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Title: The role of thymic stromal lymphopoietin in pulmonary fibrosis
Author: Datta, A.
Awarding Body: University College London (University of London)
Current Institution: University College London (University of London)
Date of Award: 2013
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Thymic stromal lymphopoietin (TSLP) is an IL-7 like cytokine that has recently emerged as being critical in promoting T-2 mediated inflammatory responses in atopic disease via its unique activation of dendritic cells (DCs). However, its role in idiopathic pulmonary fibrosis (IPF), a non-allergen driven disease characterised by excessive fibroblast activation and a pro-fibrotic T-2 immune phenotype, is unknown. TSLP has traditionally been regarded as an epithelial-derived cytokine targeting cells of a haematopoietic lineage. However, the present work identifies fibroblasts as a potentially important source and cellular target in IPF. Primary human lung fibroblasts (pHLFs) express and release TSLP in a JNK/c-Jun dependent manner following exposure to TNF-α, a master cytokine strongly implicated in the pathogenesis of lung fibrosis. Moreover, this thesis demonstrates for the first time that lung fibroblasts express a functional TSLP-TSLPR signalling axis; following exposure to TSLP, these cells release the pro-fibrotic chemokine, CCL2, in a STAT3-dependent manner, thereby promoting chemotaxis of human monocytes. The work presented here further identifies TSLP as a key mediator of local DC activation and the generation of a T-2 immune phenotype in the bleomycin model of lung injury and fibrosis. However, neutralisation of TSLP activity in vivo did not attenuate bleomycin-induced fibrosis, suggesting that despite its essential role in DC activation and T-2 polarisation, TSLP may not play a significant role in the subsequent development of fibrosis in this model. Taken together, these studies extend our current understanding of TSLP as a master regulator of T-2 immune responses beyond that of allergic inflammatory conditions. The human expression and functional studies performed during the course of this PhD do not rule out a potential pathogenic role for TSLP in IPF. Extended studies are warranted to explore these observations further.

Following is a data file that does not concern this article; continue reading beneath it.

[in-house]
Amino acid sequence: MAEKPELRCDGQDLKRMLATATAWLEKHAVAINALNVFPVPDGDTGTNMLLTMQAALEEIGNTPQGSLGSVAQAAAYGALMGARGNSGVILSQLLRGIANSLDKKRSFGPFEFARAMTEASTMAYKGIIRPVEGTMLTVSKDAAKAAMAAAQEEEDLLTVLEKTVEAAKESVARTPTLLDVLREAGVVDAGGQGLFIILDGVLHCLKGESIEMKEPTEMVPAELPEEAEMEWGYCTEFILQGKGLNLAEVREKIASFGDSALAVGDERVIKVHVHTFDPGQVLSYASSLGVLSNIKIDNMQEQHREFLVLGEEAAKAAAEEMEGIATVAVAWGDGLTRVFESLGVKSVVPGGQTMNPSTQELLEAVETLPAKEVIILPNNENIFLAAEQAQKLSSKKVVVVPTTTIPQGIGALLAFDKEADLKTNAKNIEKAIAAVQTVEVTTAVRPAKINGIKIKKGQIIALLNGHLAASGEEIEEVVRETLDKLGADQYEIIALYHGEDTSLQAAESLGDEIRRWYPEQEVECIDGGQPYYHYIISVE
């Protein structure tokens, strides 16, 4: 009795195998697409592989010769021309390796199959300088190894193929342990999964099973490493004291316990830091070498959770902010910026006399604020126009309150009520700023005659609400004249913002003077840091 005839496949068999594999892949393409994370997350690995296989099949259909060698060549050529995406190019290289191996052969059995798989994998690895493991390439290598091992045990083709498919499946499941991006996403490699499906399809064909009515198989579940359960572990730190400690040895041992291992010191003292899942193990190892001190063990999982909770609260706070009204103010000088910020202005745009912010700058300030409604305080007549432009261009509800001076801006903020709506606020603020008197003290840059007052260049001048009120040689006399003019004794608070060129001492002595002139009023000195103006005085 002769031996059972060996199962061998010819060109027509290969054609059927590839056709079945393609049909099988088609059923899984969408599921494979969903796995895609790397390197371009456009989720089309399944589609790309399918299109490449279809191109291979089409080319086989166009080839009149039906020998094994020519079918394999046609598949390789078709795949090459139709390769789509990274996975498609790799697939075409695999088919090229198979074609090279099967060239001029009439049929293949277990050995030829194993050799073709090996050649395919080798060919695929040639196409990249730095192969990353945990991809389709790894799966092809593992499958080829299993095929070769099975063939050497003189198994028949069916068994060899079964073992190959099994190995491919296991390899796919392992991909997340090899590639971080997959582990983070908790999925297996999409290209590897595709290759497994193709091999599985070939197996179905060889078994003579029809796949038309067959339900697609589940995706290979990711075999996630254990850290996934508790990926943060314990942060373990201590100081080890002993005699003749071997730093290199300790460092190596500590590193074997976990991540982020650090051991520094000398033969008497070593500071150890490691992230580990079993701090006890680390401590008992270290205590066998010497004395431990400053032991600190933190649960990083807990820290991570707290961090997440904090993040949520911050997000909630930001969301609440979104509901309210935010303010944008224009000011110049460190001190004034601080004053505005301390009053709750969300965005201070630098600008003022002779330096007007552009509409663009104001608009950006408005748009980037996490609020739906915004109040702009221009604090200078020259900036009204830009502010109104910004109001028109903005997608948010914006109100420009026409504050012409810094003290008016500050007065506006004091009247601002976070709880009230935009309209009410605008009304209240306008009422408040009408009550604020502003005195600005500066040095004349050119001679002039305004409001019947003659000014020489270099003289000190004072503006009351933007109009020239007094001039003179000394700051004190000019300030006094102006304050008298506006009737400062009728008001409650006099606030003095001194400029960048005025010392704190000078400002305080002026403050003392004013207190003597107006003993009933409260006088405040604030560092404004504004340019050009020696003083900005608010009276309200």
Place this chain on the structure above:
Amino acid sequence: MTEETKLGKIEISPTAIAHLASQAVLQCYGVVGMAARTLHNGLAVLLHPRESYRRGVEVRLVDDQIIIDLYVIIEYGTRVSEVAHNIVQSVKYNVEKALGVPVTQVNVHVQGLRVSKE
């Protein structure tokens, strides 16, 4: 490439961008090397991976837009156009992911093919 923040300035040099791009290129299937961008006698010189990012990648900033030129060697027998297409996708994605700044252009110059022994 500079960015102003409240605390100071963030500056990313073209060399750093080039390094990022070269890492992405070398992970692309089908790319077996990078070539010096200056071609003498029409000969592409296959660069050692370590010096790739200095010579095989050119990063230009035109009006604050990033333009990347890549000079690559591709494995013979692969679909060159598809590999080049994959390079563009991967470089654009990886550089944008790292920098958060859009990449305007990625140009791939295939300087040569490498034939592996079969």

Supervisor: Not available Sponsor: Not available
Qualification Name: Thesis (Ph.D.) Qualification Level: Doctoral
EThOS ID:  DOI: Not available